If your IT room is starting to look like a scene out of “Sanford and Son,” you’re not alone. In 2010, American consumers and businesses unloaded 40 million computers onto recyclers, landfills and the refurbished market, the Golisano Institute for Sustainability in Rochester, N.Y., reports. Some estimates show, however, that millions more are idling in homes and offices because owners simply don’t know what to do with them.
Even if you don’t have an in-house tech guru, there’s a range of options for unloading your old hardware in the Capital Region. No matter where your old computers end up, tech experts everywhere agree on one thing: Wipe your data.
“If you donate, sometimes the nonprofit doesn’t even know where it’ll end up,” says Steve Skurnac, president of Sims Recycling Solutions, Americas. “They might end up selling it.”
Sims Recycling Solutions has a 200,000-square-foot facility in Rose-ville and a fleet of trucks that pick up e-waste around the Capital Region. The recycler will erase the old data if it’s selling the computer in the secondary market. Otherwise, the data is destroyed when workers dismantle the pieces and separate the commodities for resale, such as metals and plastics. Either way, you get a certificate of destruction when Sims picks up your old computers.
Generally, Sims doesn’t charge for pick up, but every situation is different. For example, it might be labor-intensive to remove a large mainframe. In some circumstances, Sims has even paid for equipment if it has aftermarket value, Skurnac says.
Daniel Keating, owner of Keating Technical Consulting in Sacramento, says securely removing data from your hard drive is simple if you have basic technical skills. He recommends Darik’s Boot and Nuke as a free option or Acronis Drive Cleanser. However, he warns, simply deleting a file in Windows doesn’t erase data; the operating system just can’t access it.
“Consider your hard drive as a book,” he says. “Instead of removing an actual page from the book, your computer is only removing the entry in the table of contents that directs you to that page. The page remains completely intact and ready to be retrieved by anyone who cares to read through the entire book and rebuild that entry.”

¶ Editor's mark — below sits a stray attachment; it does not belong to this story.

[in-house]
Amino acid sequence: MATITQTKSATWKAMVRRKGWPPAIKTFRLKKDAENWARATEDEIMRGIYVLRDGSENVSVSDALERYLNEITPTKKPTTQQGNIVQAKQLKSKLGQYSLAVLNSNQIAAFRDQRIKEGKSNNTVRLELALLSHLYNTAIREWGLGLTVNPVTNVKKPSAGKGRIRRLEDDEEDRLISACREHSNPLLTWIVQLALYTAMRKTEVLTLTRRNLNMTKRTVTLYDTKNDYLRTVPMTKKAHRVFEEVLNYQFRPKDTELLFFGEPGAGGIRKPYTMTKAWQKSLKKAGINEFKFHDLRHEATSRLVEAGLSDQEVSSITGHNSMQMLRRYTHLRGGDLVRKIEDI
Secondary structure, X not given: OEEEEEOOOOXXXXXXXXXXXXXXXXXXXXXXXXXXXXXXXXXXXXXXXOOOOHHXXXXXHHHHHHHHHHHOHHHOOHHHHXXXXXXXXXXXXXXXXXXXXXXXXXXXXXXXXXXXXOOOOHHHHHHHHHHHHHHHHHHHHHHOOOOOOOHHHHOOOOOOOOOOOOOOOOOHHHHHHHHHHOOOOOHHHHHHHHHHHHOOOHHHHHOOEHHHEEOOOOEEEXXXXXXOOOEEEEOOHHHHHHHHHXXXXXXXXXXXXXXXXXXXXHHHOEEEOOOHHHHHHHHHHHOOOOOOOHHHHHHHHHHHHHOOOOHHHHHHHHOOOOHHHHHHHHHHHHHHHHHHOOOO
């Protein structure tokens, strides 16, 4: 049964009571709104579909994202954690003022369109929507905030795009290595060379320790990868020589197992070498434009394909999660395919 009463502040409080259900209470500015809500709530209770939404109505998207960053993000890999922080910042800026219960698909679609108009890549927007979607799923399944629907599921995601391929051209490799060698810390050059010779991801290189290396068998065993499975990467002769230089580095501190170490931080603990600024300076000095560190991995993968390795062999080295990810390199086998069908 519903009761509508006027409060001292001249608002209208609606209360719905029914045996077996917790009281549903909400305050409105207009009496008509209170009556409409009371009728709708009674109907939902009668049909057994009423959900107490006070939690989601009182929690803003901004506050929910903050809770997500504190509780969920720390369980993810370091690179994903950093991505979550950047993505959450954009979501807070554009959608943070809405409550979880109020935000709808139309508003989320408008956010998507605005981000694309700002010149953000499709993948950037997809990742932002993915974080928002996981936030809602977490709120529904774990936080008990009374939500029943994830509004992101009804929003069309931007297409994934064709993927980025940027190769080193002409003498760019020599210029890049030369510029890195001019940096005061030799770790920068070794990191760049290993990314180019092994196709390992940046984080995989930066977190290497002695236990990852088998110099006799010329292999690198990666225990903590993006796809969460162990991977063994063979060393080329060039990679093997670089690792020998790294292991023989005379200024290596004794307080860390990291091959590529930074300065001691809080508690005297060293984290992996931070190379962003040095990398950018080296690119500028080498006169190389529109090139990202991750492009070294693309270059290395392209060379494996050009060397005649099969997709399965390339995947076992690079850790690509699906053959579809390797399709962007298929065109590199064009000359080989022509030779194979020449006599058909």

Erasing your data makes good business sense, but there are also social and environmental responsibilities to consider. E-waste is defined as an electronic product that’s at or near the end of its useful life. So if an old computer is a burden on your small business, unloading it onto a nonprofit for a small tax deduction could be a burden for the charity. If a computer is too slow, too noisy or missing vital parts, consider recycling it instead of donating, Keating says.
“If you have a computer that has developed a squeal or whine, this means a mechanical part (usually a fan) needs to be replaced, which will cost time and money that most nonprofits can’t spare,” Keating says. That also goes for computers missing memory or a hard drive.
Several environmental issues should be considered when discarding hardware. Experts say the worst course of action is to throw computers in landfills. Electronic devices can contain anywhere from 40 to 60 compounds and metals that, if mismanaged, can lead to hazardous consequences, says the Commission for Environmental Cooperation, the environmental arm of NAFTA. For example, compounds such as lead and mercury can end up in groundwater and food sources. Research from the Golisano Institute estimates that 7 million to 9 million computers entered American landfills in 2010.
Even if you dump your e-waste at a recycler, ask where the components end up, Skurnac says. Some recyclers ship parts overseas, where they end up in third-world landfills. The Golisano Institute estimates 7 million used and scrap computers were exported from the United States in 2010. Locally, Sims makes most of its revenue by dismantling e-waste, separating it by commodities, such as plastics and metals, then selling it for re-use.
“There is no reason for e-waste to be exported,” Skurnac says. “There is the capacity here for responsible recycling.”
The last alternative for getting rid of old computers is to refurbish or sell them on the secondary market. While that can generate revenue, experts say it’s usually not worth the hassle for most small businesses. It’s common for some owners to remove the hard drive then sell the computer on eBay, says Matthew Wilson, a technician with iPCFix in downtown Sacramento.
“(Refurbishing) is the most difficult because you need two things: The margin has to be there to be worth it, and you have to find a buyer who’s willing to buy older stuff,” he says.
Generally, desktop PCs shouldn’t be refurbished after five years, says Eric Tremoureux, owner of Tech-Boy Computer Solutions. If a Macintosh is well maintained by a consumer or a professional, it could last seven to nine years.
“After five years, a computer is slipping into the dead zone, and upgrading anything but memory (RAM) would be all I would recommend,” Tremoureux says. “As far as refurbishing goes, we try to stay under the four-year mark on everything.”
Old technology never commands a premium, Keating says, and then you have to deal with eBay, Craigslist and hagglers.
“Unless they are likely to get a substantial amount for the computer,” Keating says, “they just want to be rid of it and get back to business.”
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